Stable incidence of HIV diagnoses among Danish MSM despite increased engagement in unsafe sex.

Published: May 15, 2012

Abstract

BACKGROUND:

Since introduction of highly active antiretroviral therapy (HAART) the prevalence of Danish HIV-positive men who have sex with men (MSM) has increased substantially. In contrast the incidence of MSM diagnosed with HIV has not increased and this paradox has been the focus of intensive debate.

METHODS:

Study period was 1995-2010. Data were obtained from two Danish nationwide registries of HIV and syphilis, and five consecutive surveys on sexual behavior in Danish MSM. We calculated incidences of HIV and syphilis in MSM, prevalence of HIV positive MSM with detectable viral load (>400 HIV-RNA copies/ml), and changes in frequency of unprotected anal intercourse (UAI). We introduce The Cohort Community Reproductive Rate (CCRR) to describe the number of newly diagnosed MSM per HIV-positive MSM per year and used Poisson regression to model CCRR.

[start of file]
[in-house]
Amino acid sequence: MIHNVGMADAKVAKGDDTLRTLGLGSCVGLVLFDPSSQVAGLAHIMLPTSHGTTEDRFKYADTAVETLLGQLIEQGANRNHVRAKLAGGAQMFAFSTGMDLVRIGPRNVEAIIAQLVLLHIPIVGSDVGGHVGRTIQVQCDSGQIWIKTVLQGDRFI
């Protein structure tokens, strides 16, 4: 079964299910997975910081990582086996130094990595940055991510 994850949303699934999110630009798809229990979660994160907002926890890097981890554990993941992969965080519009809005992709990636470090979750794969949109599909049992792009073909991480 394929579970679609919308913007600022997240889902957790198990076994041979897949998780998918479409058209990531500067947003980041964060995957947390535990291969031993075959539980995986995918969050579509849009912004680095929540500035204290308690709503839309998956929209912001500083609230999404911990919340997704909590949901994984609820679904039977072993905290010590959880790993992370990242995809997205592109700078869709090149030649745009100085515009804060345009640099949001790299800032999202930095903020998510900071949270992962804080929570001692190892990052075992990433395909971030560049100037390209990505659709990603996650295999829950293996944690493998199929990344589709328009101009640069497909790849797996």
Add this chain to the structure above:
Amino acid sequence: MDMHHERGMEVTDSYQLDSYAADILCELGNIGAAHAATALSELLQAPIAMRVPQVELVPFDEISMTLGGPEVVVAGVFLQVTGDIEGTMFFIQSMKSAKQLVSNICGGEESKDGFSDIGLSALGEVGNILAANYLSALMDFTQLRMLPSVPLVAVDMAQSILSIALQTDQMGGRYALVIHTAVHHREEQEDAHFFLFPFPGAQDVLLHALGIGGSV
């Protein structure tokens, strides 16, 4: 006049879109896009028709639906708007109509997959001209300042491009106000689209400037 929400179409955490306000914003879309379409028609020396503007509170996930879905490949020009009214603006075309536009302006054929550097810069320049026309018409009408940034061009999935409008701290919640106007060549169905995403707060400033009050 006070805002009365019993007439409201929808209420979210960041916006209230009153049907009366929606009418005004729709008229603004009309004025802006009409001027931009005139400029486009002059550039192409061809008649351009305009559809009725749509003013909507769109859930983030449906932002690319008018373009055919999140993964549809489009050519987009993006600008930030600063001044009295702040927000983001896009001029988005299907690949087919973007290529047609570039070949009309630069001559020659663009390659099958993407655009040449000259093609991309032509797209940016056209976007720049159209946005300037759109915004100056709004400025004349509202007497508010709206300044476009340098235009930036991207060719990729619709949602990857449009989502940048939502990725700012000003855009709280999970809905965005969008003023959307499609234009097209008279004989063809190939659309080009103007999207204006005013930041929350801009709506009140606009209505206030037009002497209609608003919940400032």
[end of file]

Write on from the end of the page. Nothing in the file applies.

RESULTS:

From 1995-2010 the prevalence of Danish MSM diagnosed with HIV increased from 1,035 to 1,813 (75%), while the number of HIV-positive MSM with detectable viral load (VL) (>400 HIV-RNA copies/ml) decreased by 75% from 1,035 to 262. The incidence of syphilis and UAI rose dramatically in the same period, while CCRR decreased from 0.099 (CI95% 0.092-0.108) to 0.071 (CI 95% 0.065-0.079).

CONCLUSIONS:

Our results strongly indicate that HAART has decreased the risk of transmission of HIV despite increased practise of unsafe sex and thereby substantiate that HAART should be offered to MSM to reduce risk of transmission of the disease.

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